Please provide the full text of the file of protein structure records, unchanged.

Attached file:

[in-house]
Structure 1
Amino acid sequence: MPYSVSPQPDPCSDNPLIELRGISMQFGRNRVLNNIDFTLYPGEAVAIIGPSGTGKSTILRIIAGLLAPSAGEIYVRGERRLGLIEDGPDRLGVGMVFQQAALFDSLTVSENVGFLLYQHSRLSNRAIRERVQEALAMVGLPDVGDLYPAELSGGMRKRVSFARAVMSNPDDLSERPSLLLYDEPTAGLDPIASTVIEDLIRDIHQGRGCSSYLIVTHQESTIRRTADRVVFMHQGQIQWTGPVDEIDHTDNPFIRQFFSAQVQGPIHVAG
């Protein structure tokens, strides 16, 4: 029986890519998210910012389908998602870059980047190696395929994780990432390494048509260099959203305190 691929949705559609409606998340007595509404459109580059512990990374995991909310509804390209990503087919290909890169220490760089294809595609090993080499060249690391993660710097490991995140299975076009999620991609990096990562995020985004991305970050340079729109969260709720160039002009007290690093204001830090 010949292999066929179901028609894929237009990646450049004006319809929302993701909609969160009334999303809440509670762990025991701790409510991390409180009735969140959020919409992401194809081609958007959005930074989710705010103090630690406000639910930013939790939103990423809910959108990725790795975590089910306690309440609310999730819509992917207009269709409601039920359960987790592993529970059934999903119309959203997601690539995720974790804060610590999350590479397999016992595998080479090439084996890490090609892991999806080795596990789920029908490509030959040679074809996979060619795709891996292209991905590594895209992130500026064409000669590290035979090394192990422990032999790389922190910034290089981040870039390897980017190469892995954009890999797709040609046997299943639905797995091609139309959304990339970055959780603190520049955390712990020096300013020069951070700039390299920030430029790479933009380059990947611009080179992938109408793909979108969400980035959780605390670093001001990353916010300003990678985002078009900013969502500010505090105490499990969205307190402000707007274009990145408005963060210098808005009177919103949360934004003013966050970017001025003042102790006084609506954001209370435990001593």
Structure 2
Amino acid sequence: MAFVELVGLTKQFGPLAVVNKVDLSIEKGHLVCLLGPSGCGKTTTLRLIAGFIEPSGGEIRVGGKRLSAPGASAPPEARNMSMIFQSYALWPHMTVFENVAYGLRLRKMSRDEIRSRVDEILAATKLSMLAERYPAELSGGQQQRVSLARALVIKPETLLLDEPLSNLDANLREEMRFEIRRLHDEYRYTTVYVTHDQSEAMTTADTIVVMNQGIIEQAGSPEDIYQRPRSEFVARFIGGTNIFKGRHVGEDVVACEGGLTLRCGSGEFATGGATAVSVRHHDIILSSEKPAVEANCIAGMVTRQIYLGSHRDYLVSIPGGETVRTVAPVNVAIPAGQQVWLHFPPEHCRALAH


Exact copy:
[in-house]
Structure 1
Amino acid sequence: MPYSVSPQPDPCSDNPLIELRGISMQFGRNRVLNNIDFTLYPGEAVAIIGPSGTGKSTILRIIAGLLAPSAGEIYVRGERRLGLIEDGPDRLGVGMVFQQAALFDSLTVSENVGFLLYQHSRLSNRAIRERVQEALAMVGLPDVGDLYPAELSGGMRKRVSFARAVMSNPDDLSERPSLLLYDEPTAGLDPIASTVIEDLIRDIHQGRGCSSYLIVTHQESTIRRTADRVVFMHQGQIQWTGPVDEIDHTDNPFIRQFFSAQVQGPIHVAG
């Protein structure tokens, strides 16, 4: 029986890519998210910012389908998602870059980047190696395929994780990432390494048509260099959203305190 691929949705559609409606998340007595509404459109580059512990990374995991909310509804390209990503087919290909890169220490760089294809595609090993080499060249690391993660710097490991995140299975076009999620991609990096990562995020985004991305970050340079729109969260709720160039002009007290690093204001830090 010949292999066929179901028609894929237009990646450049004006319809929302993701909609969160009334999303809440509670762990025991701790409510991390409180009735969140959020919409992401194809081609958007959005930074989710705010103090630690406000639910930013939790939103990423809910959108990725790795975590089910306690309440609310999730819509992917207009269709409601039920359960987790592993529970059934999903119309959203997601690539995720974790804060610590999350590479397999016992595998080479090439084996890490090609892991999806080795596990789920029908490509030959040679074809996979060619795709891996292209991905590594895209992130500026064409000669590290035979090394192990422990032999790389922190910034290089981040870039390897980017190469892995954009890999797709040609046997299943639905797995091609139309959304990339970055959780603190520049955390712990020096300013020069951070700039390299920030430029790479933009380059990947611009080179992938109408793909979108969400980035959780605390670093001001990353916010300003990678985002078009900013969502500010505090105490499990969205307190402000707007274009990145408005963060210098808005009177919103949360934004003013966050970017001025003042102790006084609506954001209370435990001593």
Structure 2
Amino acid sequence: MAFVELVGLTKQFGPLAVVNKVDLSIEKGHLVCLLGPSGCGKTTTLRLIAGFIEPSGGEIRVGGKRLSAPGASAPPEARNMSMIFQSYALWPHMTVFENVAYGLRLRKMSRDEIRSRVDEILAATKLSMLAERYPAELSGGQQQRVSLARALVIKPETLLLDEPLSNLDANLREEMRFEIRRLHDEYRYTTVYVTHDQSEAMTTADTIVVMNQGIIEQAGSPEDIYQRPRSEFVARFIGGTNIFKGRHVGEDVVACEGGLTLRCGSGEFATGGATAVSVRHHDIILSSEKPAVEANCIAGMVTRQIYLGSHRDYLVSIPGGETVRTVAPVNVAIPAGQQVWLHFPPEHCRALAH